June 27, 2012
"I know, I'm too picky..." a woman tells me with a sheepish and apologetic smile. She says she really wants to meet someone; it's just that she hasn't found the right one yet.
Most singles think that being picky is a positive trait since it sort of alludes to how worthy they are. They feel reasonably attractive; they are educated; they have good jobs, and they have some good friends. Now they hope to meet someone who is in a similar life situation.
Makes sense, doesn't it?
The problem is that if you tell yourself that you're alone because you're picky, you may be tempted to believe that anytime you do decide to be less picky, you will be easily able to find the right person and embark on your desired relationship.
The truth is that if you are used to disqualifying people after one hour dates, or screening out hundreds of profiles, it's unlikely that you can change this pattern until you investigate why you are doing this; why you are so picky.
If you are not interested in making efforts to understand the deeper motives for your pickiness, chances are you'll just keep looking, focusing on searching rather than on finding. And you will remain single for many more years...
If you're in your 20's and it is difficult for you to find your partner, what will happen at 35? or at 45? The longer people are single, the harder it is for them to get involved with someone and be in a relationship. And the longer you're not dating the harder it will be for you to get back in the dating scene. Seeking approval from family and friends also plays a major role in waiting for THE one. The longer you wait the more conscientious you will become about how your friends and family will accept your mate after all these years of waiting for the perfect one.
Sometimes being picky hides a real anxiety of intimacy, rooted in childhood patterns and experiences. Many people may actually be very successful on first dates, where the focus is more on lighter, and fun interaction. But as they proceed along the dating stages, where more trust, intimacy and commitment are expected, they often get cold feet and run away. The explanation often given why things didn't work is that the other person was not good enough, or attractive enough, or loving enough, or some other enough. But often the real reason is that they themselves were afraid of not being enough for the other person. After all it is quite scary to stand there naked - body and soul - and tell the other person: that's me.
Another reason why people may be picky is because they are are afraid of making a mistake and suffer the consequences for years to come. In a consumer society we are used to getting exactly what we want, and exchange easily if, for any reason, we don't like it anymore. Unfortunately most singles have adopted this consumer's attitude in dating. And since they worry about how easy it may be to "exchange the goods", and especially at which cost, they increasingly give up on dating altogether. The fear of making a mistake makes people hesitant and indecisive. So they prefer not to make a decision (not to date / not to commit etc.).
If you tend to avoid going out on dates, or go out on too many dates, and you're using pickiness as an excuse for any of these, what you're really doing is sabotaging your chances of eventually connecting with someone and being in a happy relationship.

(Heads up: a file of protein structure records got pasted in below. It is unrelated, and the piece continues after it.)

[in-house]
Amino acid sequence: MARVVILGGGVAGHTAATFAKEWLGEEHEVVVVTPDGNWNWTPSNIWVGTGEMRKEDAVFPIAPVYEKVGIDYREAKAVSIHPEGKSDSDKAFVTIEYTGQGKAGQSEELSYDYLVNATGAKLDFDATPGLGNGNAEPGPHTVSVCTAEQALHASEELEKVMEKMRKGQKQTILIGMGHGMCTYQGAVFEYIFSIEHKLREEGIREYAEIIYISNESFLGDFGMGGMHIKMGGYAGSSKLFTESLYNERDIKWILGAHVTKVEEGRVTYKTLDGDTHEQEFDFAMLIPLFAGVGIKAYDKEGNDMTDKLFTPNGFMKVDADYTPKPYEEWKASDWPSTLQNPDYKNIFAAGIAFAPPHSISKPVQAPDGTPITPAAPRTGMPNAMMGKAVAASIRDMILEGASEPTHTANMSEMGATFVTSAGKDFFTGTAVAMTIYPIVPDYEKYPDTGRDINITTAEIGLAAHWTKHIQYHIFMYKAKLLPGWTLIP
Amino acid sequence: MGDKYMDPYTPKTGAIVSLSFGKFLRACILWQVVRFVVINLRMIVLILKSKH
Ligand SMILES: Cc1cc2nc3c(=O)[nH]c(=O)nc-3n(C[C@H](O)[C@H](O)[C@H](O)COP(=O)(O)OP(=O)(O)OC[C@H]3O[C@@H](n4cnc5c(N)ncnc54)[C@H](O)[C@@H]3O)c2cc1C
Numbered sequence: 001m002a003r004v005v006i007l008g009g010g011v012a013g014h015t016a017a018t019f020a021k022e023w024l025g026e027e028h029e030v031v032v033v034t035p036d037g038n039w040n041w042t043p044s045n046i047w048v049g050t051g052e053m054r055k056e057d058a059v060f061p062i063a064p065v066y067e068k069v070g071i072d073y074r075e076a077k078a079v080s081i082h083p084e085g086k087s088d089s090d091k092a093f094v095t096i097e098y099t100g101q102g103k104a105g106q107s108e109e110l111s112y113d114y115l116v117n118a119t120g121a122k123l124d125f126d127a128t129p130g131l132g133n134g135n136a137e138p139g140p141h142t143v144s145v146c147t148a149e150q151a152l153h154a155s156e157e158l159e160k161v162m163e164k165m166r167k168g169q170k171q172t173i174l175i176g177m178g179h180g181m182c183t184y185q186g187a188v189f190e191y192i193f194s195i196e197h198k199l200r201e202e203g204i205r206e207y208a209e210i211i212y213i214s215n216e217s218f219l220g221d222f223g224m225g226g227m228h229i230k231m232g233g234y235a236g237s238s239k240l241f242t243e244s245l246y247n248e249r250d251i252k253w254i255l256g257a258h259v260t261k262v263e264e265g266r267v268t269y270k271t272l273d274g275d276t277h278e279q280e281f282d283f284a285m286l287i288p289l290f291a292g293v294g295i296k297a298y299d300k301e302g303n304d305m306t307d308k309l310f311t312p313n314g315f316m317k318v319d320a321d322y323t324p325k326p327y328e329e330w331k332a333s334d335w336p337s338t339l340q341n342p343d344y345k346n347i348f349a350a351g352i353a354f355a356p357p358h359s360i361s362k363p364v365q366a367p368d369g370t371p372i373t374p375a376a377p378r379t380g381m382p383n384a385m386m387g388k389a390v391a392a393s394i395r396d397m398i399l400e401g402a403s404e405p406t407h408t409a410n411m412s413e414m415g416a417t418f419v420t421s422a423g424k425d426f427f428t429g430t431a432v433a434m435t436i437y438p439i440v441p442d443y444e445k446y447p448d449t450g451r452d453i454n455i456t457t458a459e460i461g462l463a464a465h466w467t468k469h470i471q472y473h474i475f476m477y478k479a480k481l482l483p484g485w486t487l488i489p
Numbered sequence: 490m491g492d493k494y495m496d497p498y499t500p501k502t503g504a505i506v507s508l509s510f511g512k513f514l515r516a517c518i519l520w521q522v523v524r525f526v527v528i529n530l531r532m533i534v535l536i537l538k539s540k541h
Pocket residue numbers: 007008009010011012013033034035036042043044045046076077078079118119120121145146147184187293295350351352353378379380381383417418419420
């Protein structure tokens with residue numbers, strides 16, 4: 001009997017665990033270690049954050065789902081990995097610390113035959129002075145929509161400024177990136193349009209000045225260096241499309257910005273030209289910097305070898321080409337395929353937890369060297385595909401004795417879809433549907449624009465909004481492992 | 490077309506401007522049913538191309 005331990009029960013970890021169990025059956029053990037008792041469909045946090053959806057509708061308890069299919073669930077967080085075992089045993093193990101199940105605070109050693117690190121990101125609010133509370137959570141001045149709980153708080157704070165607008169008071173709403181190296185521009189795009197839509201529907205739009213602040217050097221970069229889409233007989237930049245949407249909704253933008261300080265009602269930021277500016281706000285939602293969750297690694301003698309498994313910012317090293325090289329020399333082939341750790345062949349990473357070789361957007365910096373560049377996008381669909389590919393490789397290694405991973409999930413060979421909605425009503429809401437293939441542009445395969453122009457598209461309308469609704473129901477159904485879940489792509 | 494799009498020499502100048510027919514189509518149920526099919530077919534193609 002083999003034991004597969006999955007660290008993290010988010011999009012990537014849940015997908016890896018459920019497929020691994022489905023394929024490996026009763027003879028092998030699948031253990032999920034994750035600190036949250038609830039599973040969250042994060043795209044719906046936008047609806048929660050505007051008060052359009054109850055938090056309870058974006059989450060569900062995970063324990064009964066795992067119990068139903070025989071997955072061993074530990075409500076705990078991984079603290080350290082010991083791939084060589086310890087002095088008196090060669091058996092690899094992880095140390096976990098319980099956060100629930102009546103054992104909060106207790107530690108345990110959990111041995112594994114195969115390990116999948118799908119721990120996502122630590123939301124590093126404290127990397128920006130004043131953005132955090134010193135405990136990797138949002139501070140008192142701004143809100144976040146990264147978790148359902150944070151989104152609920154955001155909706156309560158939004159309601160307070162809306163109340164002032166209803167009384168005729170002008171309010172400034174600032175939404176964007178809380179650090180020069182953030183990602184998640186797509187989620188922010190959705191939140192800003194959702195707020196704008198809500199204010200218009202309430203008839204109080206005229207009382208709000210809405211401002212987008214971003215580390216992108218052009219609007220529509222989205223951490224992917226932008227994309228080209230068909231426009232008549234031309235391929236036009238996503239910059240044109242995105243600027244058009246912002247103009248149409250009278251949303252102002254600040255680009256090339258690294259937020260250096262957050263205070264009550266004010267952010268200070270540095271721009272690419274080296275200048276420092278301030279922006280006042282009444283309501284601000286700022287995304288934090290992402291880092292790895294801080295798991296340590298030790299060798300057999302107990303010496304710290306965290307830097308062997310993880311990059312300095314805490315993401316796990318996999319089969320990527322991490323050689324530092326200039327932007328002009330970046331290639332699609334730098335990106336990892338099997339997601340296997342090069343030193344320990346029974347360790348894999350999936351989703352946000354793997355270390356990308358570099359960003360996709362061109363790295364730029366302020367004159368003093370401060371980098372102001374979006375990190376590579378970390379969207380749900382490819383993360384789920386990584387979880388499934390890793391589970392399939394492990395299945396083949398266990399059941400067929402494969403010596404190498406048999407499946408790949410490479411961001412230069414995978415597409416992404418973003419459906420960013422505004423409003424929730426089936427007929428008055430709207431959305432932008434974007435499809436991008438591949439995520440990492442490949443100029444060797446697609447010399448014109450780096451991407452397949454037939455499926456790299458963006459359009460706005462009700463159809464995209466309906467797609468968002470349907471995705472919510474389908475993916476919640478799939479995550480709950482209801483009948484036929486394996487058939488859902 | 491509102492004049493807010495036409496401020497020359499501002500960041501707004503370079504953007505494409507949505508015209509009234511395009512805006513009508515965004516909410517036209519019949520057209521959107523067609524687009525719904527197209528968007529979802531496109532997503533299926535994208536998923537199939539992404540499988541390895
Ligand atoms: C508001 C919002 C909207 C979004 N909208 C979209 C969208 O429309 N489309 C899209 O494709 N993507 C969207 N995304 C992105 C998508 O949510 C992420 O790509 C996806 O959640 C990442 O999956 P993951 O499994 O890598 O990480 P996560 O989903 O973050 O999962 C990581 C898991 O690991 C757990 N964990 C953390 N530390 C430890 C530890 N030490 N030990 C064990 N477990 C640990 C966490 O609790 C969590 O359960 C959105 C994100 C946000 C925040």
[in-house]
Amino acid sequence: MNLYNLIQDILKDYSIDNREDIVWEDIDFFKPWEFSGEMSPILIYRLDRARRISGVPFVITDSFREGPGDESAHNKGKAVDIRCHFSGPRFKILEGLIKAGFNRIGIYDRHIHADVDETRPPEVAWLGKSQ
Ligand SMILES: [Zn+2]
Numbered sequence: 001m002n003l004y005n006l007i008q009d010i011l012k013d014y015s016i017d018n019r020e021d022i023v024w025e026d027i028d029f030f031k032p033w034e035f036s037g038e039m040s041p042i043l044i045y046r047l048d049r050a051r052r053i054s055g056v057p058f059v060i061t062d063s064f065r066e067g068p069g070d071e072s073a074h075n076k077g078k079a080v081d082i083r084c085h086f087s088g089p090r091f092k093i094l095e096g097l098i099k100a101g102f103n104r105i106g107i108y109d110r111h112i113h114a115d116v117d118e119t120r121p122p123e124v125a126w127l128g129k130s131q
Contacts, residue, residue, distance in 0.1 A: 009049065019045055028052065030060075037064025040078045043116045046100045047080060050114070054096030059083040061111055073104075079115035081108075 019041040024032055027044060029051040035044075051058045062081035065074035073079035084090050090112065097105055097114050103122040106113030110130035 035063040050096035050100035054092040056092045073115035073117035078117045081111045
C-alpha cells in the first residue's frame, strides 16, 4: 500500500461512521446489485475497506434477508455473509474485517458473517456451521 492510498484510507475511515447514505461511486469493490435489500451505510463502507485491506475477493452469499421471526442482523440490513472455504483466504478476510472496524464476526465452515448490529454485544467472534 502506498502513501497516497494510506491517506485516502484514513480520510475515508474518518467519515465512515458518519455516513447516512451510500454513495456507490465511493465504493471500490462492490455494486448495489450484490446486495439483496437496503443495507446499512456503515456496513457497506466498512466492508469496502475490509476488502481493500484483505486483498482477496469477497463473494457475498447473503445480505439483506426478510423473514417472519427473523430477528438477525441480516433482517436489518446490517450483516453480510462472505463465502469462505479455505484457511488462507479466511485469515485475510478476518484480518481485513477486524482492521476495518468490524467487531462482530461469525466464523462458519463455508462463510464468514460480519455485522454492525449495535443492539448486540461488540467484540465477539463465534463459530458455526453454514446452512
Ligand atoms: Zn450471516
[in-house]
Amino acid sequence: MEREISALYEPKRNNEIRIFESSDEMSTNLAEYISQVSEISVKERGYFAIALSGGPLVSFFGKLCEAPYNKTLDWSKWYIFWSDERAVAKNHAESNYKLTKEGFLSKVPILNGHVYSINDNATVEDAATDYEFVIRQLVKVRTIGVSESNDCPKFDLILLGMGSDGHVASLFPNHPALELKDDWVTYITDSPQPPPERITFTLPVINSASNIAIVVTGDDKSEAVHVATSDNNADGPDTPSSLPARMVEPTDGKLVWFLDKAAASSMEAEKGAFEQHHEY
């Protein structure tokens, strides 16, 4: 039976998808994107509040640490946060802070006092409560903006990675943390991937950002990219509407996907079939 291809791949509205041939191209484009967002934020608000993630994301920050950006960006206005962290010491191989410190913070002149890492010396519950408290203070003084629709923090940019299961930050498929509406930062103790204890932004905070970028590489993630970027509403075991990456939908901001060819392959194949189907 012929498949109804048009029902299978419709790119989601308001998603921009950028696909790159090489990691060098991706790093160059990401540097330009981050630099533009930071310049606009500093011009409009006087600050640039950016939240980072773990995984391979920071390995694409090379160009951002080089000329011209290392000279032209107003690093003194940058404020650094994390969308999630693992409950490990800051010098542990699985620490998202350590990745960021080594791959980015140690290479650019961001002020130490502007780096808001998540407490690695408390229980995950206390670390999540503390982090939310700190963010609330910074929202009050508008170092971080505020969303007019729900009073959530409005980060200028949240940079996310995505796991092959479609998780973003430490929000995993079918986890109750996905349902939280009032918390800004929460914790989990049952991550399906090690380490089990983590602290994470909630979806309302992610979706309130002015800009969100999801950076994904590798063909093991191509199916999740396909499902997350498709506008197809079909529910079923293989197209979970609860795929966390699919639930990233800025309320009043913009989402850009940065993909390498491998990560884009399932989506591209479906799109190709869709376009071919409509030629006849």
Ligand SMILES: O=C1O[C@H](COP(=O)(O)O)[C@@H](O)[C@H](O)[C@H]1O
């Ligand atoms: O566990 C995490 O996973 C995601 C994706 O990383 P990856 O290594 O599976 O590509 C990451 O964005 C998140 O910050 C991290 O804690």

Courage is needed to face the and acknowledge our vulnerability when we're opening up to a new partner. If you are aware of your needs from a partner, and are authentic in conveying them, chances are you will be able to create a close connection with someone.
And instead of talking about your pickiness, and what doesn't work, which sets the mood for more and more unsuccessful dates and matches, adopt a new language and start talking about how you are finding that special person. People will more easily connect with you if you come forward with a positive attitude, that's warm and welcoming. Try that for a month!
For more guidance on dating choices please check http://thesingleoption.com/datingcoach.html
Posted by Irene at 3:04 PM
May 31, 2012
For example, you lived in Portugal, and you just joined a travel oriented group. You can offer to speak about Portugal at an upcoming meeting. Your enthusiasm will be interpreted as confidence and authenticity, and you will be more attractive to the audience (some of which may be women). Or, on a date for example, you could go to a Portuguese restaurant where you could confidently choose from the menu.
Natural confidence, that's based on your passion to do something, is really what most people are attracted to. Something in you, that you love doing, or know how to do well, appeals to them. Find what your areas/pursuits of confidence are and start using them. There's a double benefit here: the first is you learn to love who you are and what you do, and the second - you connect with others through it.
You may doubt that you have a talent or a skill that may attract others, but this could be because you have not realized it in yourself yet. Look for and become aware of those qualities and skills in you that you excelled in when you were at school for example. Think about something you have been drawn to learn as a teenager. Or an activity you pursued in your twenties. Focus on the things you are good at, appreciate these things, and develop them so they become your opportunities to shine!
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Posted by Irene at 10:43 AM